MANUFACTURER(S): Variable; Dependent Upon Region
OPERATORS: Afghanistan; Algeria; Chad; Democratic Republic of the Congo; Imperial Russia; Iraq; Lebanon; Liberia; Libya; Mauritania; Morocco; North Korea; Somalia; Sudan; Syria
LENGTH: 14.60 feet (4.45 meters)
WIDTH: 5.58 feet (1.7 meters)
HEIGHT: 7.55 feet (2.3 meters)
WEIGHT: 2 Tons (2,000 kilograms; 4,409 pounds)
ENGINE: Highly Variable: 1 x 6- or 8-cylinder gasoline- or diesel-fueled engine (typical) developing at least 50 horsepower.
SPEED: 99 miles-per-hour (160 kilometers-per-hour)
RANGE: 351 miles (565 kilometers)
Detailing the development and operational history of the Technical Wheeled Improvised Fighting Vehicle (IFV).
Entry last updated on 7/13/2018.
Authored by Staff Writer. Content ©www.MilitaryFactory.com.
The "Technical" is a generic name given to make-shift military vehicles crudely developed on the chassis of existing 4x4 all-wheel drive civilian-minded vehicles - typically seen as a flatbed pickup truck whose driving cabin is the only obstruction for any trainable weapon installed over the rear section. Technicals are low-cost options for low-budget militaries and militia groups requiring mobile firepower and provide a fast-attack capability against both established forces and lesser foes. Such vehicles serve well for local intimidation, as reconnaissance mounts, and in the ambush role where their weaponry can be quickly brought to bear on unsuspecting targets. The versatility of the platform is only limited by the imagination of the fighting force and the tolerances of the chassis in play. Throughout history, Technicals have been fitted with an array of light-to-medium-class military hardware - rocket projectors (in the MLRS role), heavy machine guns, medium machine guns, recoilless rifles, and complete Anti-Aircraft (AA) cannon systems being just some examples. The usual inherent four-wheel drive functionality allows for a certain level of off-road performance though this is sometimes hampered by the weight of the combat equipment installed. Additionally, Technicals usually forgo armor protection and supply very little survivability to its crew.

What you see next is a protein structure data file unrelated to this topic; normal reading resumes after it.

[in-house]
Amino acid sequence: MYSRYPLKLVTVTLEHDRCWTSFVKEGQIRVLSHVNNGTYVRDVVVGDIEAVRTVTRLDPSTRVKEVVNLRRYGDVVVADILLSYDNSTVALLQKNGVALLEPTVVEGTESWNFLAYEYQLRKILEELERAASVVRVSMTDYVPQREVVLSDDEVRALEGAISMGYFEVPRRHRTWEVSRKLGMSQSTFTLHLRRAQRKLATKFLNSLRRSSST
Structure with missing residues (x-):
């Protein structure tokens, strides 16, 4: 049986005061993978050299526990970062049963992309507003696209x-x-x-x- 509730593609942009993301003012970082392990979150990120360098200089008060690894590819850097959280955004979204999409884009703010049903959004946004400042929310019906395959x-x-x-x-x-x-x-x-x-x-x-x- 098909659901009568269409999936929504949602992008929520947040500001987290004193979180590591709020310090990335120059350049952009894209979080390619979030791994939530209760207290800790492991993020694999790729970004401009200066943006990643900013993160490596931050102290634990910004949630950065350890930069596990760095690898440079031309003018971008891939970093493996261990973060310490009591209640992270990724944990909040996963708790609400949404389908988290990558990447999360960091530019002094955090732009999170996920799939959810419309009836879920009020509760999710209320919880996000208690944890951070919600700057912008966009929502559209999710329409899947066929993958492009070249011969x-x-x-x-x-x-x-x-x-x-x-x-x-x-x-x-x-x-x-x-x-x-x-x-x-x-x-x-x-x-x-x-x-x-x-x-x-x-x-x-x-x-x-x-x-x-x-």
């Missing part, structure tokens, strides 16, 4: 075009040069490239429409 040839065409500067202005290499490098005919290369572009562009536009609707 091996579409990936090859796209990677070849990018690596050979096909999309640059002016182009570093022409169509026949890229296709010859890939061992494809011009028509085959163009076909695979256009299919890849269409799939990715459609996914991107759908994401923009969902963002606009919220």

The modern day form of the Technical emerged from the fighting in Somalia during the early 1990s. However, such improvised vehicles saw their origins much earlier during the fighting of World War 1 (1914-1918) where standard civilian-minded chassis (truck or car) were modified as roving ground attack vehicles through installation of weapons and armor plating. In some cases, the results were viable war machines but, in others, the vehicles were too heavy for off-road use and clumsy to wield in action thanks to their high profiles. Nevertheless, the low-cost option allowed warplanners an edge over less technically-advanced foes though, on a modern battlefield against a technically superior enemy, Technicals have proven poor battle wagons that offer little tactical value. The Technical evolved throughout the interwar years since The Great War and saw additional work on their kind during the fighting of World War 2 (1939-1945) - particularly in far-off places where soldiers had to make do with what was available to them.
From the Cold War onwards, Technicals have proven ever-popular for both regular and irregular forces across the African continent and the Middle East region of the world where utility trucks have proven readily available - these vehicles usually combined with old stocks of Soviet- or American-originated weaponry as available. Special forces operatives and mercenaries alike have also come to rely on the Technical through their own work in these regions. Iraqi police were issued a Toyota-based Technical as their ranks were rebuilt following the U.S.-led invasion of Iraq in 2003 and Syrian rebels in the ongoing Syrian Civil War (2011-Present) have heavily, and continually, relied on the Technical in their march against the Assad-led government.
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